The convenience factors weigh heavily in favor of the plaintiff. The plaintiff, the doctors involved, the likely witnesses, the medical records, and the center of the business operations of the defendants are all in the Washington, D.C., metropolitan area. Indeed, the plaintiff works in the District of Columbia. Parties and witnesses can reach the United States Courthouse in Washington by public transportation or by a short car ride; travel to the United States Courthouse in Baltimore, Maryland, would be a far longer and more difficult proposition. While the defendants note correctly that the plaintiff, the witnesses and the records in this case are "in Maryland" -- meaning the Maryland suburbs of Washington -- the Court points out that state lines are of little significance per se in determining convenience; it is clear to the Court that litigation in the United States District Court for the District of Columbia would be far more convenient to all involved than litigation in the United States District Court for the District of Maryland, located in Baltimore.
Plaintiff's Choice of Forum
While courts generally give great deference to the plaintiff's choice of forum, see, e.g., Pain, 637 F.2d at 783, it also makes sense to temper that deference when the plaintiff's choice of forum is one outside of his home jurisdiction. See, e.g., Martin-Trigona v. Meister, 668 F. Supp. 1, 2 (D.D.C. 1987). Because the plaintiff is a resident of Maryland, the Court gives little weight to his choice of forum, other than that already given because the chosen forum appears to be the most convenient to the plaintiff.
Choice of Law
The "public" factors, which are given lesser weight than the "private" factors of convenience and choice of forum in a forum non conveniens decision, see Pain, 637 F.2d at 784-85, do not weigh significantly in favor of either the plaintiff or the defendant. The most important of these factors involves determining whether the federal court in which the case was brought would apply the substantive law of the state in which it sits. See Pain, 637 F.2d at 782.
A federal court chooses the appropriate state law by using the choice of law rules of the jurisdiction in which it sits. Klaxon Co. v. Stentor Electric Manufacturing Co., 313 U.S. 487, 496, 85 L. Ed. 1477, 61 S. Ct. 1020 (1941). In choosing the appropriate law, the District of Columbia uses a "governmental interests" test in which the Court is to identify each jurisdiction's interest in having its substantive law applied and then choose which jurisdiction has the stronger interest. Kaiser-Georgetown Community Health Plan, Inc. v. Stutsman, 491 A.2d 502, 509 (D.C.1985) (" Stutsman I ").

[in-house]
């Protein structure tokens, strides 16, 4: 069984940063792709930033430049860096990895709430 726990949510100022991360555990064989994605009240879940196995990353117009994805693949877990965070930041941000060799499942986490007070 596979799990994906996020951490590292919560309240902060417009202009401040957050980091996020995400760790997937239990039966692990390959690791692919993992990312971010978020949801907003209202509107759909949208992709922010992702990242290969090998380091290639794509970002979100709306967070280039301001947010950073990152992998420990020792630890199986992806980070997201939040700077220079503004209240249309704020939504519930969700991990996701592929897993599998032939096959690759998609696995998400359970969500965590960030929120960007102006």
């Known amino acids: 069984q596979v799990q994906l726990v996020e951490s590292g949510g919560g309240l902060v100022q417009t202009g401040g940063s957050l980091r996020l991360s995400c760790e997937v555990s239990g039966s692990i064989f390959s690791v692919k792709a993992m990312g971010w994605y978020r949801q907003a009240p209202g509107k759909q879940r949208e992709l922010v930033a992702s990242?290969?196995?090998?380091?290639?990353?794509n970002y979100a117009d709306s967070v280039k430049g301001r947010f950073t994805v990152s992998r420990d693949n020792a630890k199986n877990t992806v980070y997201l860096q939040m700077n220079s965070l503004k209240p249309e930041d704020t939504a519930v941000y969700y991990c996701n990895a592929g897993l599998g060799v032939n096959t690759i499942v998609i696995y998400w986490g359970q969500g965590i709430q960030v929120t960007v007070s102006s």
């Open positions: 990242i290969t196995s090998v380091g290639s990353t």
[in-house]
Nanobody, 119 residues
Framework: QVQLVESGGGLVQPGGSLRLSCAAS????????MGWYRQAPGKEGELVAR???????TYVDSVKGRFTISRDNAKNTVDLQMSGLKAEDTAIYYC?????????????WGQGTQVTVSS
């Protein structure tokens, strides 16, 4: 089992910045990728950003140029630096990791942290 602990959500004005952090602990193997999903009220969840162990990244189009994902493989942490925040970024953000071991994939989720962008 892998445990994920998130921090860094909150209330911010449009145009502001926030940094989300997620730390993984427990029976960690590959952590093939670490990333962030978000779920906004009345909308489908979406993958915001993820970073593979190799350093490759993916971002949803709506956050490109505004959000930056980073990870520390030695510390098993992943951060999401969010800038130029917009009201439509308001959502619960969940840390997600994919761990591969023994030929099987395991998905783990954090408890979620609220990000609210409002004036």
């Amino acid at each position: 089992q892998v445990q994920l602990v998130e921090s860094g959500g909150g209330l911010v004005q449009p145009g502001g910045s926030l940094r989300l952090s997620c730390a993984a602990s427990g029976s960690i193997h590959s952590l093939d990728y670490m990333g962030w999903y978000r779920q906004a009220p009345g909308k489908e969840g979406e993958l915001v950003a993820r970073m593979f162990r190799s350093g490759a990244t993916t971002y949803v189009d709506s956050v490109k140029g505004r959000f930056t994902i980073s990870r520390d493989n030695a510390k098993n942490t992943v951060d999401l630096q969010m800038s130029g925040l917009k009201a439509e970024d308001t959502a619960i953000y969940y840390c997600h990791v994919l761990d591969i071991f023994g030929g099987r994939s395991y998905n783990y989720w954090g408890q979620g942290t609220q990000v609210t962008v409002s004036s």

In Stutsman I, the District of Columbia Court of Appeals considered a case substantially similar to the one in the instant case -- the injured party was a resident of a Washington suburb (Virginia, in Stutsman I) who was treated negligently there, but who worked in the District and received her medical plan through her employer. The health care provider was incorporated in the District. The court ruled that District of Columbia law applied to the negligence claims because: (1) the District of Columbia has a strong interest in applying its negligence laws to those who obtain medical care through their employment in the District; (2) the District has a policy of holding corporations incorporated here fully accountable for their torts; and (3) Virginia's statutory cap on medical malpractice awards was intended primarily to help Virginia corporations, not one incorporated in the District. Id. at 509-11.
The points made in Stutsman I were modified in Stutsman v. Kaiser Foundation Health Plan of the Mid-Atlantic States, Inc., 546 A.2d 367, 373 (D.C. 1988) (" Stutsman II "), a successor case to Stutsman I brought by the husband of the injured party in Stutsman I and raising a loss of consortium claim. The District of Columbia Court of Appeals ruled that Virginia law applied to the loss of consortium claim. Applying the governmental interests test, the court concluded both that the District of Columbia had little interest in the loss of consortium claim -- the plaintiff, unlike his wife, was not covered by the defendants' health plan and had no contacts with the defendants in the District of Columbia -- and that Virginia had a strong interest in the claim, as expressed by its clearly articulated policy against permitting certain loss of consortium claims. Id. at 373-74.